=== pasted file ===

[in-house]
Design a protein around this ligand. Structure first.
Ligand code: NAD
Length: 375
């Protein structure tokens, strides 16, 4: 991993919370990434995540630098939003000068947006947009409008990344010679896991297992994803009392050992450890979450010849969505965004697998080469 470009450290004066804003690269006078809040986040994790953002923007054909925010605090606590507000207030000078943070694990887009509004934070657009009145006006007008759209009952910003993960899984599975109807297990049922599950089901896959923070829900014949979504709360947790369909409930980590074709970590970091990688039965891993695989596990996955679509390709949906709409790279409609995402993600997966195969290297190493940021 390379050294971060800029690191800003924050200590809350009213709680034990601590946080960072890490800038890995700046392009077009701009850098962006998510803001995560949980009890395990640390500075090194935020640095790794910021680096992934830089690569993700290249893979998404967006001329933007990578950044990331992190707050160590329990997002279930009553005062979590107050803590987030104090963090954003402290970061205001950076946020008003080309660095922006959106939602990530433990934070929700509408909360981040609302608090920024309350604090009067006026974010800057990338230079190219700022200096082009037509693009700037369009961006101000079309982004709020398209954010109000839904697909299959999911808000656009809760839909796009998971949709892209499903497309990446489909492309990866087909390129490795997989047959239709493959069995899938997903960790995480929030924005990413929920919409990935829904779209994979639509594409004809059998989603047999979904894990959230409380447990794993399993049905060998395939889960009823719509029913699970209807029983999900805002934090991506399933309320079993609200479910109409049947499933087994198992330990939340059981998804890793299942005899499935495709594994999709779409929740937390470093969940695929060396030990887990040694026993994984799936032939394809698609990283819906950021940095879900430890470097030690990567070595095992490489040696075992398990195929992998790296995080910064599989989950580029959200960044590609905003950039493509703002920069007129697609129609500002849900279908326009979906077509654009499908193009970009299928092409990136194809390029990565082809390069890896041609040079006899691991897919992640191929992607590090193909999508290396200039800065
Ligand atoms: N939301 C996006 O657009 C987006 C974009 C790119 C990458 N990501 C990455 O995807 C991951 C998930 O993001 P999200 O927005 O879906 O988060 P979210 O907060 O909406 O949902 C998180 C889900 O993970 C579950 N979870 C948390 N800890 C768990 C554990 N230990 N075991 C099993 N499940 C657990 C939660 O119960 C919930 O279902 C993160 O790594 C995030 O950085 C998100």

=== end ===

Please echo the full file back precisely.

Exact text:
[in-house]
Design a protein around this ligand. Structure first.
Ligand code: NAD
Length: 375
């Protein structure tokens, strides 16, 4: 991993919370990434995540630098939003000068947006947009409008990344010679896991297992994803009392050992450890979450010849969505965004697998080469 470009450290004066804003690269006078809040986040994790953002923007054909925010605090606590507000207030000078943070694990887009509004934070657009009145006006007008759209009952910003993960899984599975109807297990049922599950089901896959923070829900014949979504709360947790369909409930980590074709970590970091990688039965891993695989596990996955679509390709949906709409790279409609995402993600997966195969290297190493940021 390379050294971060800029690191800003924050200590809350009213709680034990601590946080960072890490800038890995700046392009077009701009850098962006998510803001995560949980009890395990640390500075090194935020640095790794910021680096992934830089690569993700290249893979998404967006001329933007990578950044990331992190707050160590329990997002279930009553005062979590107050803590987030104090963090954003402290970061205001950076946020008003080309660095922006959106939602990530433990934070929700509408909360981040609302608090920024309350604090009067006026974010800057990338230079190219700022200096082009037509693009700037369009961006101000079309982004709020398209954010109000839904697909299959999911808000656009809760839909796009998971949709892209499903497309990446489909492309990866087909390129490795997989047959239709493959069995899938997903960790995480929030924005990413929920919409990935829904779209994979639509594409004809059998989603047999979904894990959230409380447990794993399993049905060998395939889960009823719509029913699970209807029983999900805002934090991506399933309320079993609200479910109409049947499933087994198992330990939340059981998804890793299942005899499935495709594994999709779409929740937390470093969940695929060396030990887990040694026993994984799936032939394809698609990283819906950021940095879900430890470097030690990567070595095992490489040696075992398990195929992998790296995080910064599989989950580029959200960044590609905003950039493509703002920069007129697609129609500002849900279908326009979906077509654009499908193009970009299928092409990136194809390029990565082809390069890896041609040079006899691991897919992640191929992607590090193909999508290396200039800065
Ligand atoms: N939301 C996006 O657009 C987006 C974009 C790119 C990458 N990501 C990455 O995807 C991951 C998930 O993001 P999200 O927005 O879906 O988060 P979210 O907060 O909406 O949902 C998180 C889900 O993970 C579950 N979870 C948390 N800890 C768990 C554990 N230990 N075991 C099993 N499940 C657990 C939660 O119960 C919930 O279902 C993160 O790594 C995030 O950085 C998100």